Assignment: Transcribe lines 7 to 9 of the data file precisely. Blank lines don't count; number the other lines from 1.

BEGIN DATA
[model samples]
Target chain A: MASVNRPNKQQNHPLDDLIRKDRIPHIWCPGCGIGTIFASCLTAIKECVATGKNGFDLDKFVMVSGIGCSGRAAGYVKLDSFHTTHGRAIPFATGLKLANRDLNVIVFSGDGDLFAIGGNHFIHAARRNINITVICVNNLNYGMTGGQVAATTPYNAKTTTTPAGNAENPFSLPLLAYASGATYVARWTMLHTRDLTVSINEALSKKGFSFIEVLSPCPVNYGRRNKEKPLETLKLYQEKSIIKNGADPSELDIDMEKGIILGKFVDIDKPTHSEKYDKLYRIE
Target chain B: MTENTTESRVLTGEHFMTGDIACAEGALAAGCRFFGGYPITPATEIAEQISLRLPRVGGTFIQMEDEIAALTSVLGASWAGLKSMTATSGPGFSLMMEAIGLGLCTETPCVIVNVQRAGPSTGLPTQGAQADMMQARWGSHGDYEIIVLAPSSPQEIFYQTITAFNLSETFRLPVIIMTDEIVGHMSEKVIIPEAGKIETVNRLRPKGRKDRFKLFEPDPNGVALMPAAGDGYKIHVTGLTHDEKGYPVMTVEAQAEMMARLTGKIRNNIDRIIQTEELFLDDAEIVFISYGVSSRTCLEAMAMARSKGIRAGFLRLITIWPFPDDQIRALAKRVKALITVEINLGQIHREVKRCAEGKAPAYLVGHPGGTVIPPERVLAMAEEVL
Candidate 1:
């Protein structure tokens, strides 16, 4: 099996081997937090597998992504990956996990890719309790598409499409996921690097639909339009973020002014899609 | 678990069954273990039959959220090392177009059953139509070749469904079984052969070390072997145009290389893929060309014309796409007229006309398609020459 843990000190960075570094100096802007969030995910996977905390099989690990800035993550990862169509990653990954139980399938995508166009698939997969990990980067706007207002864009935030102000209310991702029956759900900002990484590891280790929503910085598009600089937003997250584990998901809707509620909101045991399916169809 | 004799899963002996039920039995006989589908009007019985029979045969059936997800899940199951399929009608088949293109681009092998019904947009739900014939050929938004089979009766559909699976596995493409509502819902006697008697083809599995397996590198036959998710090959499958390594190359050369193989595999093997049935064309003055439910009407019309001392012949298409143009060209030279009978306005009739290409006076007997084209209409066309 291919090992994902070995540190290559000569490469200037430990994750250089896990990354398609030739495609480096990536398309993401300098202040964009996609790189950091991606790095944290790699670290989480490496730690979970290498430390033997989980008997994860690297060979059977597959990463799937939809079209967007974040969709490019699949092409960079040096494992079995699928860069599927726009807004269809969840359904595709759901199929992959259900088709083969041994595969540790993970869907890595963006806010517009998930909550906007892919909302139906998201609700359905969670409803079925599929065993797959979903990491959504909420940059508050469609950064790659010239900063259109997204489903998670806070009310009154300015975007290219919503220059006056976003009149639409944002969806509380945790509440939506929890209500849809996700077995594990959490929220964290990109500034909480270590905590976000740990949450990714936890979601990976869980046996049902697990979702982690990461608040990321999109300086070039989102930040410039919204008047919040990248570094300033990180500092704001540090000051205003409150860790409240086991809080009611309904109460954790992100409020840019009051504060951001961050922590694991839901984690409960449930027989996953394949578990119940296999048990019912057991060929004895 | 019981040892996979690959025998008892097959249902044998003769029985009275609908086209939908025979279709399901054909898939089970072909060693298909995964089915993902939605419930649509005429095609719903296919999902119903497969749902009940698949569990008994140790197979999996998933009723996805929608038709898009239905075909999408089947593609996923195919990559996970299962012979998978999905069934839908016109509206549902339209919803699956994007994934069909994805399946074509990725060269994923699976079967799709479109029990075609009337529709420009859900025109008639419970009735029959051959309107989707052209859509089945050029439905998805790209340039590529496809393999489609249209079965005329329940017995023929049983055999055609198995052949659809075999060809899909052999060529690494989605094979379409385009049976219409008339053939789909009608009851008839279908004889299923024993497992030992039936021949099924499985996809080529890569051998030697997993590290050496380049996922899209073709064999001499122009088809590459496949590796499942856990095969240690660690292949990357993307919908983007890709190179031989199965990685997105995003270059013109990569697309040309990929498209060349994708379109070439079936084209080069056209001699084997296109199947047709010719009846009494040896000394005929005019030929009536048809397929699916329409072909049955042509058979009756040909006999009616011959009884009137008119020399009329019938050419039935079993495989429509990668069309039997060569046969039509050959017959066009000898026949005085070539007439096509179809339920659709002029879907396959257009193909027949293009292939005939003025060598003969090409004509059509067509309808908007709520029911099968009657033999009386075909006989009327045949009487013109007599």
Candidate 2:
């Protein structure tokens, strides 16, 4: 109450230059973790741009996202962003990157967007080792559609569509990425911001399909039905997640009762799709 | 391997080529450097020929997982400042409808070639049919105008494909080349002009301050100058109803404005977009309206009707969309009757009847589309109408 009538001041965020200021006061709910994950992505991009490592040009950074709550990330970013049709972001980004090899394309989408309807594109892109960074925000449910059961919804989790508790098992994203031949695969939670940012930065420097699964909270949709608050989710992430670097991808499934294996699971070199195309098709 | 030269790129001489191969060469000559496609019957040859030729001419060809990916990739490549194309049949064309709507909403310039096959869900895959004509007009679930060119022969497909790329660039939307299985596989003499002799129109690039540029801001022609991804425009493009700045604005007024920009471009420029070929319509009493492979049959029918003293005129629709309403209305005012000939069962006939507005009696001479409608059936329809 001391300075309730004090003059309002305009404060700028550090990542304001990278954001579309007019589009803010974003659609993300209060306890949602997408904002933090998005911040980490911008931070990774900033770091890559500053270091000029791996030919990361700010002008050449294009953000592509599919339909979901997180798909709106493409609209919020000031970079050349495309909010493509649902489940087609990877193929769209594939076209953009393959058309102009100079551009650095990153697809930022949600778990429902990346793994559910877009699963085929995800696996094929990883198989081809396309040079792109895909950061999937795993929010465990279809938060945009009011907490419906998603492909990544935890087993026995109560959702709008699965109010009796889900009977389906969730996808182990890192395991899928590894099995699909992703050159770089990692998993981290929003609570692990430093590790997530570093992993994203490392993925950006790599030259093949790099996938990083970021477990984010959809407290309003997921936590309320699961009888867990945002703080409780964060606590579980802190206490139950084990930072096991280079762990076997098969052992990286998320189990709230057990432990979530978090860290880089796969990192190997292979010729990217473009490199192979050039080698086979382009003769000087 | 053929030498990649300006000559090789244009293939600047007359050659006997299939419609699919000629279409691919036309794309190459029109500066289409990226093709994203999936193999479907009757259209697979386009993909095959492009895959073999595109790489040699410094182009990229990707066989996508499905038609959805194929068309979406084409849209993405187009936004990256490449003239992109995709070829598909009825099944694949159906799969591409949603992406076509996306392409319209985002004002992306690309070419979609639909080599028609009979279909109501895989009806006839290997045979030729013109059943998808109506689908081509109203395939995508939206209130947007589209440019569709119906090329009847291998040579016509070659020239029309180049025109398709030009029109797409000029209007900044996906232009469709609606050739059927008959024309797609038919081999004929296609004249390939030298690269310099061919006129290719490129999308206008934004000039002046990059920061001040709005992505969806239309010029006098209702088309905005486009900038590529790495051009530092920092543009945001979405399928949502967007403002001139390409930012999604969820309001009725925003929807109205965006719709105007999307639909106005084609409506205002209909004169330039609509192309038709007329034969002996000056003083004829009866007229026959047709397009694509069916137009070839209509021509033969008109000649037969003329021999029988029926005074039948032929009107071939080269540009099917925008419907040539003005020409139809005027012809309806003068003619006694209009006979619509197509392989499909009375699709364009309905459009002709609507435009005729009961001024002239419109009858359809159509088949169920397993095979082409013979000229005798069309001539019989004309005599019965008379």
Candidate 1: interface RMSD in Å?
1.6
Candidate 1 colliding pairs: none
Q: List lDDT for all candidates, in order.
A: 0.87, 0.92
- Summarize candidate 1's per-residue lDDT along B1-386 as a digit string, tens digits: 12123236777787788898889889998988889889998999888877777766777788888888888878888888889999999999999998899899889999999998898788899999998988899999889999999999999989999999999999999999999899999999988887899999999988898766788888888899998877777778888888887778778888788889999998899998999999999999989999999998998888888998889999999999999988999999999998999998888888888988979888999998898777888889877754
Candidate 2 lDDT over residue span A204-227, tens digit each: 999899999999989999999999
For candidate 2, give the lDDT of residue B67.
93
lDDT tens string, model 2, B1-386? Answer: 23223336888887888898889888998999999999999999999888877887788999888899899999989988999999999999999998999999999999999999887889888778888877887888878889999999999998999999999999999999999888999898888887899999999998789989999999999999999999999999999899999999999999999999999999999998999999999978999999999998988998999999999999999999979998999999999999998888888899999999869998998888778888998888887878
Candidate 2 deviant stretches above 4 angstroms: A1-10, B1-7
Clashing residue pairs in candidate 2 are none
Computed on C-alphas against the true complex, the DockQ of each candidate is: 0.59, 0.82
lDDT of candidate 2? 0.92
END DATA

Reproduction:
């Protein structure tokens, strides 16, 4: 109450230059973790741009996202962003990157967007080792559609569509990425911001399909039905997640009762799709 | 391997080529450097020929997982400042409808070639049919105008494909080349002009301050100058109803404005977009309206009707969309009757009847589309109408 009538001041965020200021006061709910994950992505991009490592040009950074709550990330970013049709972001980004090899394309989408309807594109892109960074925000449910059961919804989790508790098992994203031949695969939670940012930065420097699964909270949709608050989710992430670097991808499934294996699971070199195309098709 | 030269790129001489191969060469000559496609019957040859030729001419060809990916990739490549194309049949064309709507909403310039096959869900895959004509007009679930060119022969497909790329660039939307299985596989003499002799129109690039540029801001022609991804425009493009700045604005007024920009471009420029070929319509009493492979049959029918003293005129629709309403209305005012000939069962006939507005009696001479409608059936329809 001391300075309730004090003059309002305009404060700028550090990542304001990278954001579309007019589009803010974003659609993300209060306890949602997408904002933090998005911040980490911008931070990774900033770091890559500053270091000029791996030919990361700010002008050449294009953000592509599919339909979901997180798909709106493409609209919020000031970079050349495309909010493509649902489940087609990877193929769209594939076209953009393959058309102009100079551009650095990153697809930022949600778990429902990346793994559910877009699963085929995800696996094929990883198989081809396309040079792109895909950061999937795993929010465990279809938060945009009011907490419906998603492909990544935890087993026995109560959702709008699965109010009796889900009977389906969730996808182990890192395991899928590894099995699909992703050159770089990692998993981290929003609570692990430093590790997530570093992993994203490392993925950006790599030259093949790099996938990083970021477990984010959809407290309003997921936590309320699961009888867990945002703080409780964060606590579980802190206490139950084990930072096991280079762990076997098969052992990286998320189990709230057990432990979530978090860290880089796969990192190997292979010729990217473009490199192979050039080698086979382009003769000087 | 053929030498990649300006000559090789244009293939600047007359050659006997299939419609699919000629279409691919036309794309190459029109500066289409990226093709994203999936193999479907009757259209697979386009993909095959492009895959073999595109790489040699410094182009990229990707066989996508499905038609959805194929068309979406084409849209993405187009936004990256490449003239992109995709070829598909009825099944694949159906799969591409949603992406076509996306392409319209985002004002992306690309070419979609639909080599028609009979279909109501895989009806006839290997045979030729013109059943998808109506689908081509109203395939995508939206209130947007589209440019569709119906090329009847291998040579016509070659020239029309180049025109398709030009029109797409000029209007900044996906232009469709609606050739059927008959024309797609038919081999004929296609004249390939030298690269310099061919006129290719490129999308206008934004000039002046990059920061001040709005992505969806239309010029006098209702088309905005486009900038590529790495051009530092920092543009945001979405399928949502967007403002001139390409930012999604969820309001009725925003929807109205965006719709105007999307639909106005084609409506205002209909004169330039609509192309038709007329034969002996000056003083004829009866007229026959047709397009694509069916137009070839209509021509033969008109000649037969003329021999029988029926005074039948032929009107071939080269540009099917925008419907040539003005020409139809005027012809309806003068003619006694209009006979619509197509392989499909009375699709364009309905459009002709609507435009005729009961001024002239419109009858359809159509088949169920397993095979082409013979000229005798069309001539019989004309005599019965008379």
Candidate 1: interface RMSD in Å?
1.6